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Corneal transplantation: how successful are we?
  1. W J ARMITAGE and
  2. J M CREWE
  1. Division of Ophthalmology, University of Bristol
  2. Bristol Eye Hospital, Bristol BS1 2LX, UK
  3. Manchester Royal Eye Hospital, Oxford Road, Manchester M13 9WH, UK
  1. A B TULLO
  1. Division of Ophthalmology, University of Bristol
  2. Bristol Eye Hospital, Bristol BS1 2LX, UK
  3. Manchester Royal Eye Hospital, Oxford Road, Manchester M13 9WH, UK
  1. W J Armitage w.j.armitage{at}bristol.ac.uk

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Editor,—The commentary by Waldock and Cook on the survival rates of corneal grafts highlights a number of issues. In particular, they focus on the lack of long term follow up data in the UK. The value of such data is clearly evident from the Australian Corneal Graft Register. Moreover, in the present climate of clinical audit and evidence based medicine, the collection of such data has surely become a necessity.Many of the questions raised, whether simply comparing graft survival rates of individual units with national data or investigating more fundamental issues such as HLA matching, visual outcome, or surgeon experience require large amounts of data, properly designed studies, and appropriate statistical analysis—capabilities beyond most individual centres but readily achievable within the NHS. The way forward as shown by the organ transplant community, and to a certain extent by corneal graft surgeons, is through well organised, centralised data collection and analysis, for example.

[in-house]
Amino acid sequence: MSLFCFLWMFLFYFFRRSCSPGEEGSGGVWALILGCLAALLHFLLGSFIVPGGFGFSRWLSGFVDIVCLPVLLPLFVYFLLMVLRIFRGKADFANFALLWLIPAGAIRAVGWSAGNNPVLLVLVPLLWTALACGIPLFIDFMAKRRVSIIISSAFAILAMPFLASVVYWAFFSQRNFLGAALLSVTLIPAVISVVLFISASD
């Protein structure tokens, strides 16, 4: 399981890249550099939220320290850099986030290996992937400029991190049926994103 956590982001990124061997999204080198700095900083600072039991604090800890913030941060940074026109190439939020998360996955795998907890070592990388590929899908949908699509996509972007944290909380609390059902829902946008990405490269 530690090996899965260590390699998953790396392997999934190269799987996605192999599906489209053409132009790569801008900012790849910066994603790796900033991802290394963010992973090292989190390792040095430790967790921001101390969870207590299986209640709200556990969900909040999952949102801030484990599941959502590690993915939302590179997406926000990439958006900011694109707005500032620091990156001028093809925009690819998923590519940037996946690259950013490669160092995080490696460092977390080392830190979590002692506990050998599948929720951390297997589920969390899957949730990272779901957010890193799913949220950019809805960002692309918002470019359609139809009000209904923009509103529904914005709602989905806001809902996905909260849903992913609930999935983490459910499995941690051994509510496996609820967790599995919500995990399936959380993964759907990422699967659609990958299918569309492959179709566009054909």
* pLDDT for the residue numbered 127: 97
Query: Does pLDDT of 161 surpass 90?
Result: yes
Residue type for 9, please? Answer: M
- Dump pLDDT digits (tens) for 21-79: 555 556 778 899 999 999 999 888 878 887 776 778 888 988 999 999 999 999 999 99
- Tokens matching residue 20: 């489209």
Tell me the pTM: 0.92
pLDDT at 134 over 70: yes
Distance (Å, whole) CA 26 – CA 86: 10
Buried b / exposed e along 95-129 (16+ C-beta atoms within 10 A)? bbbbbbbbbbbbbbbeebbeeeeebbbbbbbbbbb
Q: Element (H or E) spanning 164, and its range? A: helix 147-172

The good news is that just such a system is now in place for all corneal graft surgeons in the UK. The Royal College of Ophthalmologists and UK Transplant (UKT) have initiated an Ocular Tissue Transplant Audit, which will provide the data for answering the sorts of questions posed by Waldock and Cook. Indeed, the audit is already being used for data capture for the Corneal Transplant Follow-up Study II, which aims to resolve the uncertainty surrounding HLA-DR matching and corneal graft rejection. Instead of just 1 year follow up as in the original CTFS, follow up for these patients will continue in the long term through the audit.

As important, however, is the opportunity for all ocular tissue transplants to be recorded and the outcome audited. Indeed one can foresee the day when this will be obligatory, as is the case with solid organs. To record such data with UKT will not only provide surgeons with details of their own activity, but with an independent confidential analysis of clinical outcomes, which they will increasingly be expected to have available.

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